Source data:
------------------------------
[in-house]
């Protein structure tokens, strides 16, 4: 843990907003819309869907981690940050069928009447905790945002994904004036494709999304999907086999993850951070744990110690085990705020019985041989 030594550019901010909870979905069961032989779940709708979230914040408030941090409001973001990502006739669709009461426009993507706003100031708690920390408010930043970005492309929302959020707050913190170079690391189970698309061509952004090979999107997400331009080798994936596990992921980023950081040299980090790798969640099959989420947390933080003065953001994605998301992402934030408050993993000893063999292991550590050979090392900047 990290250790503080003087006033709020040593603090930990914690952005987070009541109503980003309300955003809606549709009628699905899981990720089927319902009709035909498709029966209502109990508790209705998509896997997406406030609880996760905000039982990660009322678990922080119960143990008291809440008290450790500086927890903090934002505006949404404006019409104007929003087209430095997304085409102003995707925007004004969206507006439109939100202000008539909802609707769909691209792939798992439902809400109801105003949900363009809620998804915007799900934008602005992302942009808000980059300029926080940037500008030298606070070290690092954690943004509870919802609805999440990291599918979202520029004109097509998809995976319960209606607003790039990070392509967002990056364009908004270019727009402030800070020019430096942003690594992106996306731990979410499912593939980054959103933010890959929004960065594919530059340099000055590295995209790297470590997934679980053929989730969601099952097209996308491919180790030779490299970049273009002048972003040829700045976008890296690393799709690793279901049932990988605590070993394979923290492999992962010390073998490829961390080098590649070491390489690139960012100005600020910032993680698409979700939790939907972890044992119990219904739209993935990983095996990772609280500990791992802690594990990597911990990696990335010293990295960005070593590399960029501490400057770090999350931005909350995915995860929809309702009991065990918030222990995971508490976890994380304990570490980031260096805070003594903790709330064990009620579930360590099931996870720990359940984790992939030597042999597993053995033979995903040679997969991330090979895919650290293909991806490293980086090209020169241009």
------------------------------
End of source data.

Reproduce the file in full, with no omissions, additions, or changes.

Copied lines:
[in-house]
């Protein structure tokens, strides 16, 4: 843990907003819309869907981690940050069928009447905790945002994904004036494709999304999907086999993850951070744990110690085990705020019985041989 030594550019901010909870979905069961032989779940709708979230914040408030941090409001973001990502006739669709009461426009993507706003100031708690920390408010930043970005492309929302959020707050913190170079690391189970698309061509952004090979999107997400331009080798994936596990992921980023950081040299980090790798969640099959989420947390933080003065953001994605998301992402934030408050993993000893063999292991550590050979090392900047 990290250790503080003087006033709020040593603090930990914690952005987070009541109503980003309300955003809606549709009628699905899981990720089927319902009709035909498709029966209502109990508790209705998509896997997406406030609880996760905000039982990660009322678990922080119960143990008291809440008290450790500086927890903090934002505006949404404006019409104007929003087209430095997304085409102003995707925007004004969206507006439109939100202000008539909802609707769909691209792939798992439902809400109801105003949900363009809620998804915007799900934008602005992302942009808000980059300029926080940037500008030298606070070290690092954690943004509870919802609805999440990291599918979202520029004109097509998809995976319960209606607003790039990070392509967002990056364009908004270019727009402030800070020019430096942003690594992106996306731990979410499912593939980054959103933010890959929004960065594919530059340099000055590295995209790297470590997934679980053929989730969601099952097209996308491919180790030779490299970049273009002048972003040829700045976008890296690393799709690793279901049932990988605590070993394979923290492999992962010390073998490829961390080098590649070491390489690139960012100005600020910032993680698409979700939790939907972890044992119990219904739209993935990983095996990772609280500990791992802690594990990597911990990696990335010293990295960005070593590399960029501490400057770090999350931005909350995915995860929809309702009991065990918030222990995971508490976890994380304990570490980031260096805070003594903790709330064990009620579930360590099931996870720990359940984790992939030597042999597993053995033979995903040679997969991330090979895919650290293909991806490293980086090209020169241009």